Multiple sclerosis (MS) affects 1 in 1000 individuals in the US and is characterized by progressive sensory, motor and cognitive impairments. These functional deficits are linked to inflammatory attacks on myelin, oligodendrocytes, and axons. Therapeutic strategies that promote remyelination, protect against inflammation, and protect axons have the potential to prevent and even improve functional declines in MS patients. One therapeutic approach is to use neural stem cells (NSCs), which are able to rescue endangered host neurons and glial cells by providing trophic support, detoxifying the microenvironment, mobilizing endogenous progenitors, triggering self-repair mechanisms, exerting anti-inflammatory and anti-scarring actions, and promoting angiogenesis. Each of these effects has the potential to improve outcomes in MS patients. Intravenous administration of NSCs is an alternative to direct injections into the CNS. This approach is feasible because systemically administered NSCs can circumvent the blood-brain barrier (BBB) and localize to a site of intracranial pathology. However, one limitation of this approach is that NSCs are extremely inefficient (<5% cells) at homing, even to an injured site in the brain. We have found that the molecules mediating homing in NSCs are defective, which contributes to the poor efficiency of NSC homing. Our preliminary in vitro data show that our proprietary technology, ASC-101, corrects this natural deficiency and improves interactions of NSCs under conditions of physiological shear stress. This Phase I SBIR grant submission is designed to generate a proof-of-principle that ex vivo correction of NSC homing molecules will improve their homing to MS lesions in a mouse model of MS.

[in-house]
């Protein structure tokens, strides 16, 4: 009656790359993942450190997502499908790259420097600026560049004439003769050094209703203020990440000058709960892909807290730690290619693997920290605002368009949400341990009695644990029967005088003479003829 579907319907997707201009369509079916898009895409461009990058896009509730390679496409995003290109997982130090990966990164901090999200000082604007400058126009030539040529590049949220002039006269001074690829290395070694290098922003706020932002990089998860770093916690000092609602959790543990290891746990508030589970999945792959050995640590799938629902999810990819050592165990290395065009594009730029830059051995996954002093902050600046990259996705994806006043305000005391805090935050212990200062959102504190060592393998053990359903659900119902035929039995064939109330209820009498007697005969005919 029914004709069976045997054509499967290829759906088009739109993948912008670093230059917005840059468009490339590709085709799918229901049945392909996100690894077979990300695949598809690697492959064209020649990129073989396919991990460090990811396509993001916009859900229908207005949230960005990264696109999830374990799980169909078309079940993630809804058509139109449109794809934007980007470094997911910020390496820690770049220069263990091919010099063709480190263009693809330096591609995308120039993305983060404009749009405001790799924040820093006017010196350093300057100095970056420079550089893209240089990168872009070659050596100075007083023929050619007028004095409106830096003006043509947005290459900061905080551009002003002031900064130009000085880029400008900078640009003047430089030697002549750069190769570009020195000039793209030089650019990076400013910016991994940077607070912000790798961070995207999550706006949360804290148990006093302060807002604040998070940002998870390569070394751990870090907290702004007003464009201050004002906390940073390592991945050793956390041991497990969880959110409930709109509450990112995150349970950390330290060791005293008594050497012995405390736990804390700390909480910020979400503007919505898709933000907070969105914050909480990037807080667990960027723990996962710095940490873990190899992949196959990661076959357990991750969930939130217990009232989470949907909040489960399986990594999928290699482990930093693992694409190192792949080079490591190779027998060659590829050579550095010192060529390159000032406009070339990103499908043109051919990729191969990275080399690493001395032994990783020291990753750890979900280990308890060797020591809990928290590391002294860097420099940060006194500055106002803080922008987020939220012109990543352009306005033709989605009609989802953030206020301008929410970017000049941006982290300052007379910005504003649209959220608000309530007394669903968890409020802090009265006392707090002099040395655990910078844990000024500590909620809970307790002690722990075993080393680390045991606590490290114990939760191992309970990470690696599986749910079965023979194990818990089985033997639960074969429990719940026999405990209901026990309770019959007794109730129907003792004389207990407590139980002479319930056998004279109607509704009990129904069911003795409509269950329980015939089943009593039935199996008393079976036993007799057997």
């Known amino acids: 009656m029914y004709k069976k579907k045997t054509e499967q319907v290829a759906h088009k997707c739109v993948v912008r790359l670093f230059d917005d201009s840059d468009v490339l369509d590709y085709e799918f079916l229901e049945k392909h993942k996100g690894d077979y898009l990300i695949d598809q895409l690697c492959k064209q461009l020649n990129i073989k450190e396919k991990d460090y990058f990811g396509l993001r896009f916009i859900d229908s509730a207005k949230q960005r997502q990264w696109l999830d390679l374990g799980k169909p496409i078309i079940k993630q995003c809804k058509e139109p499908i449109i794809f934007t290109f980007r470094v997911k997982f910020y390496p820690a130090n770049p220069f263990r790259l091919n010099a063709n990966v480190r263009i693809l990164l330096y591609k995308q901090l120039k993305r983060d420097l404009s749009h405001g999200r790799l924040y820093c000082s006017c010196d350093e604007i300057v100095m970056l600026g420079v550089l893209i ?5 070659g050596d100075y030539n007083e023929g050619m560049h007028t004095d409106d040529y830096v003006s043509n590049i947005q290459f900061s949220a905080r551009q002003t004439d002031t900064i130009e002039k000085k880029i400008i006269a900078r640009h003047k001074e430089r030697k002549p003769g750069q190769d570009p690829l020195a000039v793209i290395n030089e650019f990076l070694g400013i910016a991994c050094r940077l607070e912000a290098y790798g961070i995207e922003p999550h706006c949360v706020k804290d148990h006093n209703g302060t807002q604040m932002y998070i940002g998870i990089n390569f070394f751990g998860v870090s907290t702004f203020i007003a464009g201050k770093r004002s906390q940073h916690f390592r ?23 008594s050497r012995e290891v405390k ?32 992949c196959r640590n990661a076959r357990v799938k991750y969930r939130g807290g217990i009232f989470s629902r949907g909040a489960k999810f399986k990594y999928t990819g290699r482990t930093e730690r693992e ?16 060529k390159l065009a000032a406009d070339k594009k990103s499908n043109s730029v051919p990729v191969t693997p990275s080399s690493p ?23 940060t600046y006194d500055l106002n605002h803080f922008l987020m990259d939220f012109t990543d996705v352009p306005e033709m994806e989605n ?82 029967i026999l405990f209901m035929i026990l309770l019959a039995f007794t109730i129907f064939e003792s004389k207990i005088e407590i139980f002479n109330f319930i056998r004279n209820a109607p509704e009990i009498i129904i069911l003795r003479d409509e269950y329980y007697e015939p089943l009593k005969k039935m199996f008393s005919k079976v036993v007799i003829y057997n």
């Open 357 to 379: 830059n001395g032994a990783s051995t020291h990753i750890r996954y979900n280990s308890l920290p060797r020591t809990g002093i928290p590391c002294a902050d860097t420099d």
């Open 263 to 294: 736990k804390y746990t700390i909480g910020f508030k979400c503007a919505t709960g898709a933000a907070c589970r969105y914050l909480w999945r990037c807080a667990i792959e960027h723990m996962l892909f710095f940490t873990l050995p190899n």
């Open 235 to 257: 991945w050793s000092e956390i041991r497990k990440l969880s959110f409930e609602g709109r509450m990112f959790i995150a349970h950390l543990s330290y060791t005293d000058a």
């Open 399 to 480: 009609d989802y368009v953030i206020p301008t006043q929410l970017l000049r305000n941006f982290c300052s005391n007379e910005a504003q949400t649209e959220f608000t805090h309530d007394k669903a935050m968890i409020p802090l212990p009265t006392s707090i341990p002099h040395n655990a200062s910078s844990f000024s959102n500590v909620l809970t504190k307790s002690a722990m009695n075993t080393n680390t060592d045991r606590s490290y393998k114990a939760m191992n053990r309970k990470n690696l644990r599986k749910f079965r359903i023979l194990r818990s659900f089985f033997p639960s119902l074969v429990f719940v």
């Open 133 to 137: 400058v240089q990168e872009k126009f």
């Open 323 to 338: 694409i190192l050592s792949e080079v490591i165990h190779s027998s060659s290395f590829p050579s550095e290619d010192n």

In Aim 1 we will complete the production of research-grade ASC-101 for use in experiments under this grant.
In Aim 2, ASC- 101-treated NSCs will be intravenously injected in experimental autoimmune encephalomyelitis (EAE) mice and we will evaluate their migration to the lesions, differentiation and overall efficacy. EAE is a widely accepted and utilized animal model of MS. If successful, this project will provide the basis for further testing ASC-101 technology in additional animal models of MS using NSCs.
Neural stem cells (NSCs) have the potential for treatment of multiple sclerosis (MS). While intravenous (iv) administration of NSCs is preferable over direct injections into the CNS, this approach is limited due to an observed low homing efficiency of NSCs. ASC-101 technology from America Stem Cell improves the interactions of NSCs with vasculature and, thus, has the potential to enhance homing of iv administered NSCs and to improve the overall efficacy of NSC-based cellular therapy.